Supportive care is the information, resources and services you might need following a cancer diagnosis. It is different for everyone, as it depends on what you specifically need to help you through your cancer journey.
Supportive care includes all forms of care that address your:
- physical needs – getting help with problems like pain, fatigue, treatment side effects, appearance, sexual concerns and sleep issues
- information needs – about the cancer diagnosis, treatments and what is likely to happen next
- practical needs – including things like transportation, meals, childcare, and financial and work issues
- emotional and psychological needs – such as counselling, connection with peer support groups, and support for family members
- spiritual needs – making connections to strengthen faith and hope
- Supportive care is an important complementary part of conventional medical cancer treatment.
Your needs will change
Your supportive care needs are likely to change over time. You can ask for help at any time, and your cancer treatment team may ask you to fill out a questionnaire assessing your needs several times over the course of your treatment.
Supportive care team
A wide variety of clinicians and community organisations provide supportive care services. This might include:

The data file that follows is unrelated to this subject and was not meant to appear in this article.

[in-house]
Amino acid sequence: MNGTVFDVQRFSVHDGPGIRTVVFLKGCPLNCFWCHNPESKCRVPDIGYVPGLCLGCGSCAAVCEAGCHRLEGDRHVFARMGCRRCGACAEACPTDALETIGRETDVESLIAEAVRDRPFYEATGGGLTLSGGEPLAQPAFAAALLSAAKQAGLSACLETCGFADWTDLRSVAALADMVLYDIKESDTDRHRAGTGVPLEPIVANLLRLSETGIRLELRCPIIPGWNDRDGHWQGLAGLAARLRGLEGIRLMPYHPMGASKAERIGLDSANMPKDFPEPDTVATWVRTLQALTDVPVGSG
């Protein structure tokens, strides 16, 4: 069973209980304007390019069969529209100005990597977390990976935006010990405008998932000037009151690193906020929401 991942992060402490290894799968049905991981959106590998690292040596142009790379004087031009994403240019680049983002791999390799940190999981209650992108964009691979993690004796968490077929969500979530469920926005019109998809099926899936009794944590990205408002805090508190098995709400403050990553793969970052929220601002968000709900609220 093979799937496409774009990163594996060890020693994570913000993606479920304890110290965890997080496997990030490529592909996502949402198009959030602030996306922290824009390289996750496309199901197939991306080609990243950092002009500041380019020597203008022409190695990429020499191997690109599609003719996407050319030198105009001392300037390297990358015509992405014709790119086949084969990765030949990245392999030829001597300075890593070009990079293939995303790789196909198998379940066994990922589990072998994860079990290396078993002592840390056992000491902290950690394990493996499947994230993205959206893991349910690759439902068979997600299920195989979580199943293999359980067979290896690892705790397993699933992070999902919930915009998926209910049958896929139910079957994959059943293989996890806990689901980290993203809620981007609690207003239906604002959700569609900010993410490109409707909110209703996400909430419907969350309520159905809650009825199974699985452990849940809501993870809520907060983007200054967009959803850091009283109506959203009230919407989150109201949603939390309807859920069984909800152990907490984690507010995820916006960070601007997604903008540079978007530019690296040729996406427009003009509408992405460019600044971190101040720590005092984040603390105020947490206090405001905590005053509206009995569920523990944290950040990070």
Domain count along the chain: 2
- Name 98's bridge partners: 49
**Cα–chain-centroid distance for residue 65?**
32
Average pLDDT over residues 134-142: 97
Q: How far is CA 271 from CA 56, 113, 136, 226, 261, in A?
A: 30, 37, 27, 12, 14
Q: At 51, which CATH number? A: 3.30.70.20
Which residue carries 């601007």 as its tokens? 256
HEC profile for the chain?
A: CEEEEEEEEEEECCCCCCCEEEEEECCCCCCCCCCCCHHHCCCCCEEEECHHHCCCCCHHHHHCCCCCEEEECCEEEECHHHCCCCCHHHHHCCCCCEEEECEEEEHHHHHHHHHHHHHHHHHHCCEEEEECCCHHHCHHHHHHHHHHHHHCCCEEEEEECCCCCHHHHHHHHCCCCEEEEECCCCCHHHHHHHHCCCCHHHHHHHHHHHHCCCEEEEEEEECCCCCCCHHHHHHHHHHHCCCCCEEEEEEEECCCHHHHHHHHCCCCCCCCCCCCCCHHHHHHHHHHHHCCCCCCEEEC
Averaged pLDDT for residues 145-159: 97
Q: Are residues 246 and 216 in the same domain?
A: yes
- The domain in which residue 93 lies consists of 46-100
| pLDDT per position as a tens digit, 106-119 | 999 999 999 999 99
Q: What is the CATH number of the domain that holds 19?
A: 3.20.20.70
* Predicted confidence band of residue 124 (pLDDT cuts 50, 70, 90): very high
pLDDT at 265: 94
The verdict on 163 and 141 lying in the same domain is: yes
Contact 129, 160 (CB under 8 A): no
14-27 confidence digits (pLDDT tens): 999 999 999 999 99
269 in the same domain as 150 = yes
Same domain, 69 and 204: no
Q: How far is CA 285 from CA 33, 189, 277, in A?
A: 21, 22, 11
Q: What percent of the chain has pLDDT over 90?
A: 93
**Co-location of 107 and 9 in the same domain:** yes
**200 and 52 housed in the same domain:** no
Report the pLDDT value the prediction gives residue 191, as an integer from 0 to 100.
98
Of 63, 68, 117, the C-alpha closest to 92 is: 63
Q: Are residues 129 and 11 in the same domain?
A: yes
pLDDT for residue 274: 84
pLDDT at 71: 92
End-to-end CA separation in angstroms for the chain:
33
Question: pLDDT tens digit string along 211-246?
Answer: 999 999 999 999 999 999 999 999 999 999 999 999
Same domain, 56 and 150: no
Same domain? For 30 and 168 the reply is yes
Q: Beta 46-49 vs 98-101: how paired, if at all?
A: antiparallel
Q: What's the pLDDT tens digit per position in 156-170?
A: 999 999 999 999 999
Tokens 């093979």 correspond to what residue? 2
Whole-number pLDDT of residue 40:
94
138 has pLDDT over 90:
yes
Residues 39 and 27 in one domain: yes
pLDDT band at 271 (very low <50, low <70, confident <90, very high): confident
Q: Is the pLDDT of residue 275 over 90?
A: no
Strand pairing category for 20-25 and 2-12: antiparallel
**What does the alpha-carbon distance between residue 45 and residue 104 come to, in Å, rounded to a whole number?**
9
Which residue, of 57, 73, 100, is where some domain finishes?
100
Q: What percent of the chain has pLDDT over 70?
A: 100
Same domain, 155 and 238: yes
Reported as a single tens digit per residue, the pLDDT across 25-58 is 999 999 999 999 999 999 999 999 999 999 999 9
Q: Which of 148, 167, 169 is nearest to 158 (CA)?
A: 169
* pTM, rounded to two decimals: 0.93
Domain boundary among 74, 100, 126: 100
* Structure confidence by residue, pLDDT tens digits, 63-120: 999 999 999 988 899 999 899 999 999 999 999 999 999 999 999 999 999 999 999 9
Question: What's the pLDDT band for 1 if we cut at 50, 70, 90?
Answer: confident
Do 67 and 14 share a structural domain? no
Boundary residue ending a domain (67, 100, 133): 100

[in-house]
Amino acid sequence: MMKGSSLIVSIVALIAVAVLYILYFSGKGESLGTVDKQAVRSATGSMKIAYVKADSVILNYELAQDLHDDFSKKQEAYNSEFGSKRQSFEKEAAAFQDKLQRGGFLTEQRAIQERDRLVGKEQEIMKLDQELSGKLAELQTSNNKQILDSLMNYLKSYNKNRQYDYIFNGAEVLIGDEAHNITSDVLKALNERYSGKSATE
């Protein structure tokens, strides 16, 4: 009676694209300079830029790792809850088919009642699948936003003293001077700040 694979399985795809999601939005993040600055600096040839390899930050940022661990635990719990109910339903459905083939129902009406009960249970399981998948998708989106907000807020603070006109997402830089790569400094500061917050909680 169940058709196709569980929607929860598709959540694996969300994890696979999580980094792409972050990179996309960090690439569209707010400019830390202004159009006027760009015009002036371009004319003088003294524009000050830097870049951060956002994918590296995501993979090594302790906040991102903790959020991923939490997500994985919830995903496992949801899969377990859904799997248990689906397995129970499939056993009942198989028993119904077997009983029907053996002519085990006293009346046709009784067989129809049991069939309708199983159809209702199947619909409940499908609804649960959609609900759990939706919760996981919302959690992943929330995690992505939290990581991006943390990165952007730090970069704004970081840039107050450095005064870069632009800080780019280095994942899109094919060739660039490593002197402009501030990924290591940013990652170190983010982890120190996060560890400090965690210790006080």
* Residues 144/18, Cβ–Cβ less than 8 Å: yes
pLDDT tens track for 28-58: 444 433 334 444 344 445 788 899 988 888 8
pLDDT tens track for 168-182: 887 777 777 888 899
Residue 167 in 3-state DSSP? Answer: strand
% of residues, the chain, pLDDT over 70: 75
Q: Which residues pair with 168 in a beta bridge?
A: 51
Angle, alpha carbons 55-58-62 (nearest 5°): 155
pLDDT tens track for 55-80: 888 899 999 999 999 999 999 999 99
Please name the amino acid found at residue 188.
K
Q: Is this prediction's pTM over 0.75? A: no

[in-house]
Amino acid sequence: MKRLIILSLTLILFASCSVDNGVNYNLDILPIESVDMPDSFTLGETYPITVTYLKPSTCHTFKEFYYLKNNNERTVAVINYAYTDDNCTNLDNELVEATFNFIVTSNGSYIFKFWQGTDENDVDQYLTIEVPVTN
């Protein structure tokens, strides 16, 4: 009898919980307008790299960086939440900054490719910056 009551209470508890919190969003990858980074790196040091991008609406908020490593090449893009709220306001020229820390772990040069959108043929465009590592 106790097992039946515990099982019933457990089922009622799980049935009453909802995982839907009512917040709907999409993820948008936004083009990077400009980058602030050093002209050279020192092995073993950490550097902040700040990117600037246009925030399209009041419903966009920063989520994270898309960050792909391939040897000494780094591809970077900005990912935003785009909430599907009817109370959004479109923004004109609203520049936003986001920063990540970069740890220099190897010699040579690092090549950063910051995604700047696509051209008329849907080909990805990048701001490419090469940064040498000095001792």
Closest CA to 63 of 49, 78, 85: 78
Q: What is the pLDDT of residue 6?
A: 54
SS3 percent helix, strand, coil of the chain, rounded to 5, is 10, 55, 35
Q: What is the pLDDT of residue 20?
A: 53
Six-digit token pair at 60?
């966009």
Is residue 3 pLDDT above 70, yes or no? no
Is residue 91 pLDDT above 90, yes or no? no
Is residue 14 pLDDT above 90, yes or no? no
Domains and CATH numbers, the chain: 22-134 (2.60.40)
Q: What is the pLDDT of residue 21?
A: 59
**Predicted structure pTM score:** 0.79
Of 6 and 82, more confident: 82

- specialist cancer nurses
- social workers
- dietitians and speech therapists
- psychologists and counsellors
- physiotherapists and exercise physiologists
- occupational therapists
- lymphoedema practitioners
- music and art therapists
- pastoral care workers
- financial navigators
- community-based organisations that provide practical support
Accessing supportive care
Your cancer treatment team will help you access services you need. There are also websites and hotline services that can help connect you with supportive care services.
WeCan is a website that provides easy access to Australian supportive care resources, services and information. You can use their supportive care needs screening tool to help you work out what you may need help with.
The Cancer Council support line is a free, confidential service for anyone affected by cancer. Call 13 11 20 (Monday to Friday, 9am to 5pm).
The cancer Australia website, Our Mob and Cancer has links to support for Aboriginal or Torres Strait Islander people.